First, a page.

In a true publishing coup, New Directions is releasing the newly discovered Dandelions by Yasunari Kawabata, the first Japanese writer to be awarded the Nobel Prize. Cut short by the author’s suicide, Dandelions is both romantic and gut-wrenchingly tragic, concerning Ineko, a woman who has been admitted to a mental hospital with a rare condition that causes her lover Kuno to become invisible to her.
The English novelist and critic Jenny Diski passed away in 2016, making her sole short story collection The Vanishing Princess that more precious. Introduced by Heidi Julavits, there’s a retelling of “Rumpelstiltskin,” a story concerning a woman’s attempts to build a miraculous bathtub, and tales drawn from the author’s struggles with mental illness. The result is a beautiful reminder of how much we have lost in the acclaimed and brilliant Diski.
An ideal gift for history buffs, Earthly Signs is the journal of the Russian poet Marina Tsvetaeva leading up to her years of exile after the Bolshevik Revolution. Here readers will find often-sardonic firsthand accounts of turbulent civil strife; as her husband disappears, the life of her fellow poets becomes endangered and fights for food become frequent. All of this makes for a crucial autobiography of social upheaval in the early 20th Century.
An epic of Brazil, Her Mother’s Mother’s Mother and Her Daughters is Maria José Silveira’s chronicle of 500 years of women, beginning with the daughter of a Tupiniquim warrior and ending in 2001 with a distant descendent who fights her own battles. A rejoinder to machismo and male domination, the novel depicts how the history of a country is shaped by mothers and daughters.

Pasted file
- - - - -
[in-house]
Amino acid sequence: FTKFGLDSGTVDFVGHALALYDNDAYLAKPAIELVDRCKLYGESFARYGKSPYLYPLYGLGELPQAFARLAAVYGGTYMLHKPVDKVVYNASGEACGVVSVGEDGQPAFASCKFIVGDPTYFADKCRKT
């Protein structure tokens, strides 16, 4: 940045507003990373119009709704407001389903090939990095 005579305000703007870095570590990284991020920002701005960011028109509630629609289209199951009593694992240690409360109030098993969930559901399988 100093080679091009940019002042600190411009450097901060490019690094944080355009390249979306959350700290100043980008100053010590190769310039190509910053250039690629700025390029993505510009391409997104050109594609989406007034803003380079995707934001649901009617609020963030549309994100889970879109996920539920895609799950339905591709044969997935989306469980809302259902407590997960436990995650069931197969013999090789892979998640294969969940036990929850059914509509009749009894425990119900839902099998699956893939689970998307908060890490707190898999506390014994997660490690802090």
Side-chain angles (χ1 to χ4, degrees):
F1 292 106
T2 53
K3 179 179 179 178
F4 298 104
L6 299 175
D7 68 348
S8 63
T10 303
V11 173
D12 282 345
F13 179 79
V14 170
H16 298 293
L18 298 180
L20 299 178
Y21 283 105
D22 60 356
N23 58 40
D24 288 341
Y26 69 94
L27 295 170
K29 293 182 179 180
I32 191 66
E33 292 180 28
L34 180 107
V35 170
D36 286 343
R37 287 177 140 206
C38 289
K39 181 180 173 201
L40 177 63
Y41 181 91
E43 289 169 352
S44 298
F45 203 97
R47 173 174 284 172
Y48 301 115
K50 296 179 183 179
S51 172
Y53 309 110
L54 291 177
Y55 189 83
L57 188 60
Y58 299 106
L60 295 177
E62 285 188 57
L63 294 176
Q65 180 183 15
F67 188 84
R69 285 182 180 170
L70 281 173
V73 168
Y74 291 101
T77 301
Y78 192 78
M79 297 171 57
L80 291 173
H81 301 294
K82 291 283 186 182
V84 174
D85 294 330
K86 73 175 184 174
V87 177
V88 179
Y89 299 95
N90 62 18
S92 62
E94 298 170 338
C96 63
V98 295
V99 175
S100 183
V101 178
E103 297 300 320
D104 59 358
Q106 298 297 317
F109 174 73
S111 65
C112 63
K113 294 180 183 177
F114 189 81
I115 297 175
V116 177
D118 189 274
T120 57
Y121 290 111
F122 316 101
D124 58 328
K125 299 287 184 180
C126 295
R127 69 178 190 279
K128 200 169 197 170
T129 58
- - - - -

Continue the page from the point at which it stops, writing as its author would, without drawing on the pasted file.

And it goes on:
A contemporary novel of Istanbul that delves into the lives of women in the Middle East, feminism, and terror, Three Daughters of Eve may prove Turkish writer Elif Shafak’s best book yet. Beginning with a wealthy woman’s recollection of her tortured past and the three female friends, each from a different background, who shaped her youth. It is a sublime entry-point to Shafak’s defiant and extremely contemporary output.
Any new translation from the Canadian author of Autobiography of Red is bound to be an event, and Anne Carson’s new translation of Bakkhai is sure to astound, especially given her unique perspective on the classic play, writing, “Euripides was a playwright of the fifth century B.C. who reinvented Greek tragedy, setting it on a path that leads straight to reality TV.”
The three stories from Japanese author Hiromi Kawakami collected in Record of a Night Too Brief are dreamlike journeys into the private lives of snakes, misty environs filled with evil monkeys, and invisible lovers. Certain to appeal to fans of Kobe Abe and Haruki Murakami, these stories are an excellent introduction to one of Japan’s leading writers.
A truly unique kind of biography, An Uncommon Reader illuminates the life of an editor whose tastes shaped the history of 20th Century English writing. Edward Garnett was responsible for ushering in the careers of Joseph Conrad, Henry Green, and D.H. Lawrence, to name just a few. Smith’s biography explores a life in letters and doubles as an intellectual history of the British novel in the age of modernism.
A sensation in England and a finalist for the Man Booker Prize, Americans will have their chance to experience Elmet by Fiona Mozley this December. A dark tale of a threatened family in a quiet corner of Yorkshire, it traces the shattering of a peaceful idyll in the wake of exposed secrets and cumulates with a shocking act of bloody violence.